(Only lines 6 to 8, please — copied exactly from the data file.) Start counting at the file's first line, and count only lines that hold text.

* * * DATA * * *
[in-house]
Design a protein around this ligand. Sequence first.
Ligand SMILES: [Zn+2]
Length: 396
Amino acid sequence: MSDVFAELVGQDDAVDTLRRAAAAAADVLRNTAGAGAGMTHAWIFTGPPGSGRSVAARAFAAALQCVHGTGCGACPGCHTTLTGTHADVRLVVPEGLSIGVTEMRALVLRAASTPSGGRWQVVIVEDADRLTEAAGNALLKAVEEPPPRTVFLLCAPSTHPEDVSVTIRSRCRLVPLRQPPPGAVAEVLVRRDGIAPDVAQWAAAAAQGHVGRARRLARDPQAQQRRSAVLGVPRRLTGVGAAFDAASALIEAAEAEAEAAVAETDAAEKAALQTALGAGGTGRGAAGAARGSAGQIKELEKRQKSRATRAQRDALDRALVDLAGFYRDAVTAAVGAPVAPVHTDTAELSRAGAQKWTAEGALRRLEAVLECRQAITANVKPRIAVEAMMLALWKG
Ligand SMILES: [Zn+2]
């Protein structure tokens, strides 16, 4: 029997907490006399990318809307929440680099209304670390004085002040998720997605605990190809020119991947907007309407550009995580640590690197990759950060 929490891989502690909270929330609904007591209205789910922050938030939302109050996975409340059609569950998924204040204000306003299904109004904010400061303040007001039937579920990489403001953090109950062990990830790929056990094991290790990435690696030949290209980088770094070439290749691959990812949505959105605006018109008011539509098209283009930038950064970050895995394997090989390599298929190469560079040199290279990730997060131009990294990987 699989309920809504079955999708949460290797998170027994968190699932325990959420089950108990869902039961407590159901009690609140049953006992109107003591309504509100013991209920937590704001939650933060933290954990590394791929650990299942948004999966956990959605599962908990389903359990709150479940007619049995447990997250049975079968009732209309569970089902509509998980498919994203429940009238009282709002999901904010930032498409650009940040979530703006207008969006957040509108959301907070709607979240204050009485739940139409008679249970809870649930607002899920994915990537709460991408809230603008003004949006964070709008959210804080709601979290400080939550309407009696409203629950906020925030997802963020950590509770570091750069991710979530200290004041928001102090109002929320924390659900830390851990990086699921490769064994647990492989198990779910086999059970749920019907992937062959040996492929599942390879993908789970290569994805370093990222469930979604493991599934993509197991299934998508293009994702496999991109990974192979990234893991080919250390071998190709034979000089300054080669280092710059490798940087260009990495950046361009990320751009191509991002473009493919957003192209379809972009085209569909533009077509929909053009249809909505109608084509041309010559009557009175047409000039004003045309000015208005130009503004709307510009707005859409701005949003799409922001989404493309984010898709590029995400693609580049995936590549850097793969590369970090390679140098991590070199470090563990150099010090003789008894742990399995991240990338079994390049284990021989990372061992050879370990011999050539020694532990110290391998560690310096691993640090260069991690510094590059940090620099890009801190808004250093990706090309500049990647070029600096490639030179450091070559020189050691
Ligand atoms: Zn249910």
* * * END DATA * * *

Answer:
Ligand SMILES: [Zn+2]
């Protein structure tokens, strides 16, 4: 029997907490006399990318809307929440680099209304670390004085002040998720997605605990190809020119991947907007309407550009995580640590690197990759950060 929490891989502690909270929330609904007591209205789910922050938030939302109050996975409340059609569950998924204040204000306003299904109004904010400061303040007001039937579920990489403001953090109950062990990830790929056990094991290790990435690696030949290209980088770094070439290749691959990812949505959105605006018109008011539509098209283009930038950064970050895995394997090989390599298929190469560079040199290279990730997060131009990294990987 699989309920809504079955999708949460290797998170027994968190699932325990959420089950108990869902039961407590159901009690609140049953006992109107003591309504509100013991209920937590704001939650933060933290954990590394791929650990299942948004999966956990959605599962908990389903359990709150479940007619049995447990997250049975079968009732209309569970089902509509998980498919994203429940009238009282709002999901904010930032498409650009940040979530703006207008969006957040509108959301907070709607979240204050009485739940139409008679249970809870649930607002899920994915990537709460991408809230603008003004949006964070709008959210804080709601979290400080939550309407009696409203629950906020925030997802963020950590509770570091750069991710979530200290004041928001102090109002929320924390659900830390851990990086699921490769064994647990492989198990779910086999059970749920019907992937062959040996492929599942390879993908789970290569994805370093990222469930979604493991599934993509197991299934998508293009994702496999991109990974192979990234893991080919250390071998190709034979000089300054080669280092710059490798940087260009990495950046361009990320751009191509991002473009493919957003192209379809972009085209569909533009077509929909053009249809909505109608084509041309010559009557009175047409000039004003045309000015208005130009503004709307510009707005859409701005949003799409922001989404493309984010898709590029995400693609580049995936590549850097793969590369970090390679140098991590070199470090563990150099010090003789008894742990399995991240990338079994390049284990021989990372061992050879370990011999050539020694532990110290391998560690310096691993640090260069991690510094590059940090620099890009801190808004250093990706090309500049990647070029600096490639030179450091070559020189050691
Ligand atoms: Zn249910």